Why is my gravel driveway, brick patio, or deck included in the impervious surface?

Gravel driveways, brick patios, and decks are included in impervious surface calculations because they meet the definition of impervious surfaces. According to Section 5.0212 of the Title V Stormwater Management Code, the definition of impervious surfaces is developed surfaces that either prevent or significantly slow the infiltration of water into the ground compared to the manner that such water entered the ground prior to development, or which cause water to run off in greater quantities or at an increased rate of flow than that present prior to development. Impervious surfaces shall include, without limitation, rooftops, traveled gravel areas, asphalt or concrete paved areas, private access roads, driveways and parking lots, and patio areas.”

I had an approved stormwater fee credit before the Regional Stormwater Management Program stopped in 2013. Does it still apply?

Yes. If you had an approved credit from NEORSD prior to the program halting, that approved credit will be applied to your stormwater fee. NEORSD staff will contact you about submitting necessary renewal forms as a condition of the credit.

What about my stormwater fee credit application that was under review when the Regional Stormwater Management Program and fee ended in September 2013, is that credit application still valid?

Yes. Sewer District staff will review your application and contact you if additional information is necessary to complete that review.

If my stormwater fee was under review per my request, will you reopen the review?

Yes. NEORSD will re-open all pending Stormwater Billing Inquiries. Analysis of each inquiry will be made and results of the inquiry will be communicated to the customer. If it is determined that a refund is warranted, adjustments to customer accounts will be made accordingly.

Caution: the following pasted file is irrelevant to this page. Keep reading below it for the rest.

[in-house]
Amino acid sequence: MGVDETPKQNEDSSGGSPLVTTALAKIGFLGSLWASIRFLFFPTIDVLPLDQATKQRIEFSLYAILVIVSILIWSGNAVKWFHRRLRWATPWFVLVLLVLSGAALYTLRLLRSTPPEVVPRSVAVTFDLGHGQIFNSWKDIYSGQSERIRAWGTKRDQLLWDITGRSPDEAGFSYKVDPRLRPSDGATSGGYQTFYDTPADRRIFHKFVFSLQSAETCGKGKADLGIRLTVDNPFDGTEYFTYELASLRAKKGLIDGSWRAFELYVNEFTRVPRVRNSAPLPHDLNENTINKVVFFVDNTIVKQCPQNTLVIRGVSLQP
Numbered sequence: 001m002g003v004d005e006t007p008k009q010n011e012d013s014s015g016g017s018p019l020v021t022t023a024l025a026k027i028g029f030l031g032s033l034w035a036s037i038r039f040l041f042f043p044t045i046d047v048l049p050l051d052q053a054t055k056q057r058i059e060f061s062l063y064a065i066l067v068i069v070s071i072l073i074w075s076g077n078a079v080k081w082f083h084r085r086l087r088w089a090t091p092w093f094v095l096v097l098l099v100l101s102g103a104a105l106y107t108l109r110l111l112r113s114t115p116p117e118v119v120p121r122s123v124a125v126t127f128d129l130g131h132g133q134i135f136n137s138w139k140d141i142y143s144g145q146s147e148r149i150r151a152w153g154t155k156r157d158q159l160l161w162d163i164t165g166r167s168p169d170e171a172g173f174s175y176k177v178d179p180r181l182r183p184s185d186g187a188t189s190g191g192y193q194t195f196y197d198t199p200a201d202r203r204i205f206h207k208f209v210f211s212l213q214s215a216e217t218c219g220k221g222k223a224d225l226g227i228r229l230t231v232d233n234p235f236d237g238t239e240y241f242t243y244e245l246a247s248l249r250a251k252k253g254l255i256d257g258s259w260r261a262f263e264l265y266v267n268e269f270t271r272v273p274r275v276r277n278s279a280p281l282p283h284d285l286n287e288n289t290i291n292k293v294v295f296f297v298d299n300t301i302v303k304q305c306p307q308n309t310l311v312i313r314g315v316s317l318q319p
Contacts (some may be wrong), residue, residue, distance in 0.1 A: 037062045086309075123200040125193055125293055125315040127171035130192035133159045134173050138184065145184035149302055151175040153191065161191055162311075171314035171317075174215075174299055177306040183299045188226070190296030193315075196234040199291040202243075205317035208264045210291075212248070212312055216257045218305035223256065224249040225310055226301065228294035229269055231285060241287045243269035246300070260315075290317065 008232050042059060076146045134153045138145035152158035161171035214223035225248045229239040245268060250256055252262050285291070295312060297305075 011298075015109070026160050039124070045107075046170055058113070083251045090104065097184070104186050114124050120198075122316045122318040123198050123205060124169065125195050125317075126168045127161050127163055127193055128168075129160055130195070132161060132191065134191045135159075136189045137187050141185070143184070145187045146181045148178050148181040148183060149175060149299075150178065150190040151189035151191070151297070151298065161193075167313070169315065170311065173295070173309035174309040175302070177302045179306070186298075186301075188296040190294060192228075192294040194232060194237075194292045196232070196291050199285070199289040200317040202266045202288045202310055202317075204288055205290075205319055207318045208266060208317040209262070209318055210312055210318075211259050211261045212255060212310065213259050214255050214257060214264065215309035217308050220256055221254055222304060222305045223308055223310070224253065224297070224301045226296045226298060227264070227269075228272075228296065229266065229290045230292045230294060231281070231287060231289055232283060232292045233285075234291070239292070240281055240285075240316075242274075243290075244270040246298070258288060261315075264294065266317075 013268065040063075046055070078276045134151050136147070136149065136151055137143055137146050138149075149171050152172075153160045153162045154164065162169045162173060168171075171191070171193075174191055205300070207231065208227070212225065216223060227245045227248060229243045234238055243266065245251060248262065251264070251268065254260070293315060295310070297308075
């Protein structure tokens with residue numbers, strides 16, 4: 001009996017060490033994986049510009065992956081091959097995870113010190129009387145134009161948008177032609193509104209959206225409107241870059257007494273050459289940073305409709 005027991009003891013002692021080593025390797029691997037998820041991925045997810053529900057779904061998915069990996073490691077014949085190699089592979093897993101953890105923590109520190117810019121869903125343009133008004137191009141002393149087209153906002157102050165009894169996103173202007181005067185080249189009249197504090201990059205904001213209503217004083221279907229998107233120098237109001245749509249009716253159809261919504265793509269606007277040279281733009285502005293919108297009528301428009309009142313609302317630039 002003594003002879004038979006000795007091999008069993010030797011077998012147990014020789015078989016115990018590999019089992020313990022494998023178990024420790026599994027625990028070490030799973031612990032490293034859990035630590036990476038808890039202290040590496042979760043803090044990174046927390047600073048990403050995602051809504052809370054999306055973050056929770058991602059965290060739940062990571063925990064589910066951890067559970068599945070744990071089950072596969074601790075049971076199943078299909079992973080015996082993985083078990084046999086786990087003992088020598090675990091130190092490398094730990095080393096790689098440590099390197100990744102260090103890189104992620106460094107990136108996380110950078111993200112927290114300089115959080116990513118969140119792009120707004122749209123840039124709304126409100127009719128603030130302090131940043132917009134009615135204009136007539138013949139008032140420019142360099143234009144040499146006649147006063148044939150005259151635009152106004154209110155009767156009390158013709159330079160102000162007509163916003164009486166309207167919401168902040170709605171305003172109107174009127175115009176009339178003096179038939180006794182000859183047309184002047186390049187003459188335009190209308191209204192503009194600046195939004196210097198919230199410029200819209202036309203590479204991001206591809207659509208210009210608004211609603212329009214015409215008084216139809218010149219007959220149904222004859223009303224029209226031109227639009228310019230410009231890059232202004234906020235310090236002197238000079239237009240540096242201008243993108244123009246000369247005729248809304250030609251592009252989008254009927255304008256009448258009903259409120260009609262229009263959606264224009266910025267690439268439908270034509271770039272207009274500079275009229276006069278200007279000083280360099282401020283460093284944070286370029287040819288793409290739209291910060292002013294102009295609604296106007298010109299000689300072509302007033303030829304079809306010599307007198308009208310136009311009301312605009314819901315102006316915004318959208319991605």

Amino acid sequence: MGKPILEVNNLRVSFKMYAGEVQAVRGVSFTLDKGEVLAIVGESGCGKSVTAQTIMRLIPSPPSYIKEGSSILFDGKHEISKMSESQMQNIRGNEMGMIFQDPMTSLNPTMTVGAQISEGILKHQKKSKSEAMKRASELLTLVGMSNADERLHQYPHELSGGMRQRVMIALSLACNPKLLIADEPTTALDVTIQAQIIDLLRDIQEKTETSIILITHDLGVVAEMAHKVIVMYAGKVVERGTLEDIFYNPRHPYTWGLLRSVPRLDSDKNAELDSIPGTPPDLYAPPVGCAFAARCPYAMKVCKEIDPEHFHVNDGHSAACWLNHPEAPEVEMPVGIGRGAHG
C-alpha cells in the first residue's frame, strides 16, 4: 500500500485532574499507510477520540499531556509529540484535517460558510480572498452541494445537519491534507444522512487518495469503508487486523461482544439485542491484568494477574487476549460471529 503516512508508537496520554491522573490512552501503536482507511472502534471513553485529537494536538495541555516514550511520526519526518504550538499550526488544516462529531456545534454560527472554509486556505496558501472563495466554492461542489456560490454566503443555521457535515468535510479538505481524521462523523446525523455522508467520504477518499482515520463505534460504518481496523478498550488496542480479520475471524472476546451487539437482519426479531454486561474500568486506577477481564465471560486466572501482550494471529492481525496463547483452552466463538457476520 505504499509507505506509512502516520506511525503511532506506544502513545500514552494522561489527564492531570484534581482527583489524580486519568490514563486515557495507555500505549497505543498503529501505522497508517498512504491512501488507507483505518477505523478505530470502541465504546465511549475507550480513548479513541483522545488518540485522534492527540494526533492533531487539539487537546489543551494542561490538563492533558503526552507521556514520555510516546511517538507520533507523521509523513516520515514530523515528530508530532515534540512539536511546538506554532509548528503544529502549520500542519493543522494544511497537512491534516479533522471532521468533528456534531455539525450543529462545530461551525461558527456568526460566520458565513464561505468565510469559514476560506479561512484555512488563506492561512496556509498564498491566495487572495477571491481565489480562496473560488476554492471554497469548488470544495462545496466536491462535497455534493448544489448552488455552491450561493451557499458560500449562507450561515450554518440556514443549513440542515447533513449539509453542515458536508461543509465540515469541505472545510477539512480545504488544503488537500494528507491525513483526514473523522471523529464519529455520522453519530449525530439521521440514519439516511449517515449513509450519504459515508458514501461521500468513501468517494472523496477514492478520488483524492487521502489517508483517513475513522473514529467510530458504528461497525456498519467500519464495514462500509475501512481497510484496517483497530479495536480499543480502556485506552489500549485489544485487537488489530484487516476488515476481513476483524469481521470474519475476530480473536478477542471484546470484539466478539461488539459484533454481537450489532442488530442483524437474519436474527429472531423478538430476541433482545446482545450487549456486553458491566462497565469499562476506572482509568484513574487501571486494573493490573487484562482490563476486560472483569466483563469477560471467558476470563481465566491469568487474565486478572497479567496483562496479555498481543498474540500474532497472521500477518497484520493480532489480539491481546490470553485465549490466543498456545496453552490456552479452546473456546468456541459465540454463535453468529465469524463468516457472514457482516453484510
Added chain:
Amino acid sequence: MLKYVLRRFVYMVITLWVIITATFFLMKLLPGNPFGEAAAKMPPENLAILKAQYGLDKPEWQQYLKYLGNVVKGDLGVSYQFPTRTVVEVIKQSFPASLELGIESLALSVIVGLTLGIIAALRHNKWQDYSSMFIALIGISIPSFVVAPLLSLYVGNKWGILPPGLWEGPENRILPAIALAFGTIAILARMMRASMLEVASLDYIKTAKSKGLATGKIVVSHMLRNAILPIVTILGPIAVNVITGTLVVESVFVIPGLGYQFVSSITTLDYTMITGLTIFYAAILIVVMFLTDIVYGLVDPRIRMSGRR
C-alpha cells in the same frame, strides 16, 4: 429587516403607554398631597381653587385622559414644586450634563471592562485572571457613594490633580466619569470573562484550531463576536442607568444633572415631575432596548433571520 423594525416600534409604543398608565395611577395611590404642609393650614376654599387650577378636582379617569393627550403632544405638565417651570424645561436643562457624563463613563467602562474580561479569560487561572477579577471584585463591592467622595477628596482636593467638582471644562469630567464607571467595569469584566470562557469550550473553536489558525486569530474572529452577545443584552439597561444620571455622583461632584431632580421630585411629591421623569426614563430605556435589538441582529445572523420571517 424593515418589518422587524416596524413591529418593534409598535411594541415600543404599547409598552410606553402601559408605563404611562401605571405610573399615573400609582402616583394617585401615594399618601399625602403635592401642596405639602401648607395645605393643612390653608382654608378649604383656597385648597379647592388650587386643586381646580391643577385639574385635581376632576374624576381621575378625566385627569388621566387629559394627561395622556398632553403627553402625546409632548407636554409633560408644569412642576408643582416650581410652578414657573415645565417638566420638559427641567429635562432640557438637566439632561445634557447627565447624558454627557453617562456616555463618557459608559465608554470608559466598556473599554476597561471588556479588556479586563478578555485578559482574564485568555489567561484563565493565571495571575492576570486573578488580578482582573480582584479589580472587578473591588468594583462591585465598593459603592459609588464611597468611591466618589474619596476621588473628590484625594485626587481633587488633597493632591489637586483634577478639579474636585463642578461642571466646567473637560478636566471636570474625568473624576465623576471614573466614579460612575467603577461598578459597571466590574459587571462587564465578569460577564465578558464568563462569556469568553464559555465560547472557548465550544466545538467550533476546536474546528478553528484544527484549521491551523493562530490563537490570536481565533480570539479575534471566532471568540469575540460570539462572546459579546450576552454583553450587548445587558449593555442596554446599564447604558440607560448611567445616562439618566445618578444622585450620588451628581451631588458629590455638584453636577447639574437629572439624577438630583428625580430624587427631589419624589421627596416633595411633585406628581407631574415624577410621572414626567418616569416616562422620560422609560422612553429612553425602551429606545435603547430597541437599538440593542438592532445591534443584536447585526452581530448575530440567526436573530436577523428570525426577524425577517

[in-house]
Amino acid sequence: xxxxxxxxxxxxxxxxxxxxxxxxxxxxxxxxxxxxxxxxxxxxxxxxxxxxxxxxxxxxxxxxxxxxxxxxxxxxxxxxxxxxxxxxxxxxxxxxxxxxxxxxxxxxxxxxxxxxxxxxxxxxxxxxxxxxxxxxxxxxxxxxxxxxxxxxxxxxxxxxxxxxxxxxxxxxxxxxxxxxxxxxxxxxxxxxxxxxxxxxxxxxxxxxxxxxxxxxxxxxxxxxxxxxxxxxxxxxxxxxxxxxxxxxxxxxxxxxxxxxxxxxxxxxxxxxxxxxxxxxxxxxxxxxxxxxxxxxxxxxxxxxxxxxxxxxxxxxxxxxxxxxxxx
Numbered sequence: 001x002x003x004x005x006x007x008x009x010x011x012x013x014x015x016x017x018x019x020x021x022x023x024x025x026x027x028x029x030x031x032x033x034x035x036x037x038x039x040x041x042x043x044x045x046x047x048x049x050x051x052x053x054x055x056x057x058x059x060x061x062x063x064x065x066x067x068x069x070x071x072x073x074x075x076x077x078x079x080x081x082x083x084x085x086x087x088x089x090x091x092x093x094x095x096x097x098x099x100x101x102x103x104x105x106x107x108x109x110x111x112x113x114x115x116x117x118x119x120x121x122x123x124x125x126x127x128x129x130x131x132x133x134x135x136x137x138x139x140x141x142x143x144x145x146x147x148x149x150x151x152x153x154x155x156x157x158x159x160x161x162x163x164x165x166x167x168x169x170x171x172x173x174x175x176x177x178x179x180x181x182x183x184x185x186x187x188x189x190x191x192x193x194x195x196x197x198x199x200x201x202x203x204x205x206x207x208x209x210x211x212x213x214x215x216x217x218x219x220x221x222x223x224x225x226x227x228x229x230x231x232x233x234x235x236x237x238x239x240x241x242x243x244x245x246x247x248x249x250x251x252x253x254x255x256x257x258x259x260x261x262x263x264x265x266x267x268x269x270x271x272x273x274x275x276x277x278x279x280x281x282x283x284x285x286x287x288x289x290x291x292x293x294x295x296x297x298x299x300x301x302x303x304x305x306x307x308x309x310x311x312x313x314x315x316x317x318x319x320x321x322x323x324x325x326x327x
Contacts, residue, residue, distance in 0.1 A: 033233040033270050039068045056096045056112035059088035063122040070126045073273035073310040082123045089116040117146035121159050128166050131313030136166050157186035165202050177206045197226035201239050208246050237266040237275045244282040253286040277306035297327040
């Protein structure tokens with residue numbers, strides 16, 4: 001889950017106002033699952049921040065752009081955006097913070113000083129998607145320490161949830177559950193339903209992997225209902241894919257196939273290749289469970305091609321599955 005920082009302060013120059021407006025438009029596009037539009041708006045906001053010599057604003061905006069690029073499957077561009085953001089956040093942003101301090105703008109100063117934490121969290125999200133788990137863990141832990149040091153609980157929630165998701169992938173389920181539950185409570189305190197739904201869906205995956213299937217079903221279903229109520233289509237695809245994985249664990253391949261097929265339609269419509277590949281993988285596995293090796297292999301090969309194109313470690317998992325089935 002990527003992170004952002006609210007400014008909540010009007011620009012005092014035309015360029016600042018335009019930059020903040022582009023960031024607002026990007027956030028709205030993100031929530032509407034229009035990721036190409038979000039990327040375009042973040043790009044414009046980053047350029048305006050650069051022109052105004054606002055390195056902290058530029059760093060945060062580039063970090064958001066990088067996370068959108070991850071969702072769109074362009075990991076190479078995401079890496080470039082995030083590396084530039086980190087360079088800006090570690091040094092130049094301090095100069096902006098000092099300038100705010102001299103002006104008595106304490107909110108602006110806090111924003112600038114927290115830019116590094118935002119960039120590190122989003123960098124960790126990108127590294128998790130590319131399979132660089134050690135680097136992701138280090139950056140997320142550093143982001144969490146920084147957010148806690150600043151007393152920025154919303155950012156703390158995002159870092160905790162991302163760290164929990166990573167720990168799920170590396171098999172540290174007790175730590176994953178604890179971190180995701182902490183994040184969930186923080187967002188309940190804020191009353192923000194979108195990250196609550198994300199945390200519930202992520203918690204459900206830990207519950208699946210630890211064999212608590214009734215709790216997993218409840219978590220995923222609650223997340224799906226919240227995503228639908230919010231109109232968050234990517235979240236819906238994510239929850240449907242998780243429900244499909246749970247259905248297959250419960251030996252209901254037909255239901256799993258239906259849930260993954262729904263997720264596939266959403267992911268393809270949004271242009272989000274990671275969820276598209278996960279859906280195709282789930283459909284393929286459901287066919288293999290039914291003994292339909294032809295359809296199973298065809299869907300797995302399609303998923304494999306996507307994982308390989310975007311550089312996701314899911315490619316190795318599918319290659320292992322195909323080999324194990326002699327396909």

This is a new tax. Don’t we have to vote on this?

According to the Ohio Supreme Court, the Stormwater Fee is not a tax. The Ohio Supreme Court ruled on September 15, 2015 NEORSD has the authority to charge a fee to support the services of the Regional Stormwater Management Program.

How can you start a program without total consensus from all the municipalities within your service area?

The Ohio Supreme Court ruled that the District had the authority to proceed with its program. Consent from each municipality is not required.

Are the fish caught in Lake Erie and the Cuyhoga River safe to eat?

Fish are nutritious, high in protein and good to eat. Most Ohio sport fish are of high quality but some fish may contain low levels of chemicals like polychlorinated biphenyls (PCBs), mercury and lead from certain waters within the state. Choose smaller fish rather than lager fish for consumption. Smaller fish within a species tend to have fewer contaminates than larger fish and usually taste a lot better. Properly trimming and cooking your fish will help reduce health risks associated with eating fish.
Women of child-bearing age and young children (age 6 and under) should limit their consumption of fish (any species) from any water body in Ohio to one meal a week. For additional, more detailed information and to stay current on Ohio sport fish consumption advisories, periodically check the web site Ohio Sport Fish Consumption Advisory or contact the Ohio Department of Health or Ohio EPA for the latest information.

What are macroinvertebrates?

Benthic macroinvertebrates are common inhabitants of lakes and streams where they are important in moving energy through food webs. The term “benthic” means “bottom-living” and indicates that these organisms usually inhabit bottom substrates for at least part of their life cycles; the prefix “macro” indicates that these organisms are large enough to be retained by mesh sizes of approximately 200-500 μm (micro-meters).

In freshwater, macroinvertebrates include insects, mollusks (clams, snails and mussels), annelids (worms and leeches), and others. In most freshwater, the larval insects dominate the macroinvertebrate community. Data obtained by collecting and identifying these organisms provide an excellent tool for assessing water quality in streams and lakes.

How do I know when it’s safe to go swimming in Lake Erie?